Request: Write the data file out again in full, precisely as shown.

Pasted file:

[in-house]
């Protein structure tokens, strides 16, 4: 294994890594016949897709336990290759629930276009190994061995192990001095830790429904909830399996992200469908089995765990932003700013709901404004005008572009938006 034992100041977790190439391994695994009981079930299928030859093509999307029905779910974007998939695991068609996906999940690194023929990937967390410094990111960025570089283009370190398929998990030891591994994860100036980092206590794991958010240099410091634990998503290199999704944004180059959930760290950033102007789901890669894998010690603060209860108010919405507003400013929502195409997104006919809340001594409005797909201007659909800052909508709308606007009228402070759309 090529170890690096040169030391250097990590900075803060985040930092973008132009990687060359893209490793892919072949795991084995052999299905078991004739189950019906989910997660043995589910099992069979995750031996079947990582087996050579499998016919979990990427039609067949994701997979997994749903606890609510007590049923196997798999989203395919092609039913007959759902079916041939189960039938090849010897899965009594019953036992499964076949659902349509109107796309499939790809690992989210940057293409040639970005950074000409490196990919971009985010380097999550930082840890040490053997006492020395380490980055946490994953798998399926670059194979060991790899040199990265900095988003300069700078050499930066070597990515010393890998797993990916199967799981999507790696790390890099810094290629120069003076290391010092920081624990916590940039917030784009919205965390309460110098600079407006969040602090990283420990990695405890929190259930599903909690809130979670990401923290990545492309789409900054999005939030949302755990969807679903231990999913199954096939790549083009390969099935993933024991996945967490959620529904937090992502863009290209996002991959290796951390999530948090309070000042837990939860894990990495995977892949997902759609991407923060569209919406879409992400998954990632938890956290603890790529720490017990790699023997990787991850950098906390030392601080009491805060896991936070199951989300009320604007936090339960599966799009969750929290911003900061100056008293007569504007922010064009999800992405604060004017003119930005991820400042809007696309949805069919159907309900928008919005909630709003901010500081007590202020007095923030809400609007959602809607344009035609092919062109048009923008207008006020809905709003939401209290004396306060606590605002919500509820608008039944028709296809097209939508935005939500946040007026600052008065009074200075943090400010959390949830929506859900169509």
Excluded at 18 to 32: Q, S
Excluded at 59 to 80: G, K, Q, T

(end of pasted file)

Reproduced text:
[in-house]
């Protein structure tokens, strides 16, 4: 294994890594016949897709336990290759629930276009190994061995192990001095830790429904909830399996992200469908089995765990932003700013709901404004005008572009938006 034992100041977790190439391994695994009981079930299928030859093509999307029905779910974007998939695991068609996906999940690194023929990937967390410094990111960025570089283009370190398929998990030891591994994860100036980092206590794991958010240099410091634990998503290199999704944004180059959930760290950033102007789901890669894998010690603060209860108010919405507003400013929502195409997104006919809340001594409005797909201007659909800052909508709308606007009228402070759309 090529170890690096040169030391250097990590900075803060985040930092973008132009990687060359893209490793892919072949795991084995052999299905078991004739189950019906989910997660043995589910099992069979995750031996079947990582087996050579499998016919979990990427039609067949994701997979997994749903606890609510007590049923196997798999989203395919092609039913007959759902079916041939189960039938090849010897899965009594019953036992499964076949659902349509109107796309499939790809690992989210940057293409040639970005950074000409490196990919971009985010380097999550930082840890040490053997006492020395380490980055946490994953798998399926670059194979060991790899040199990265900095988003300069700078050499930066070597990515010393890998797993990916199967799981999507790696790390890099810094290629120069003076290391010092920081624990916590940039917030784009919205965390309460110098600079407006969040602090990283420990990695405890929190259930599903909690809130979670990401923290990545492309789409900054999005939030949302755990969807679903231990999913199954096939790549083009390969099935993933024991996945967490959620529904937090992502863009290209996002991959290796951390999530948090309070000042837990939860894990990495995977892949997902759609991407923060569209919406879409992400998954990632938890956290603890790529720490017990790699023997990787991850950098906390030392601080009491805060896991936070199951989300009320604007936090339960599966799009969750929290911003900061100056008293007569504007922010064009999800992405604060004017003119930005991820400042809007696309949805069919159907309900928008919005909630709003901010500081007590202020007095923030809400609007959602809607344009035609092919062109048009923008207008006020809905709003939401209290004396306060606590605002919500509820608008039944028709296809097209939508935005939500946040007026600052008065009074200075943090400010959390949830929506859900169509």
Excluded at 18 to 32: Q, S
Excluded at 59 to 80: G, K, Q, T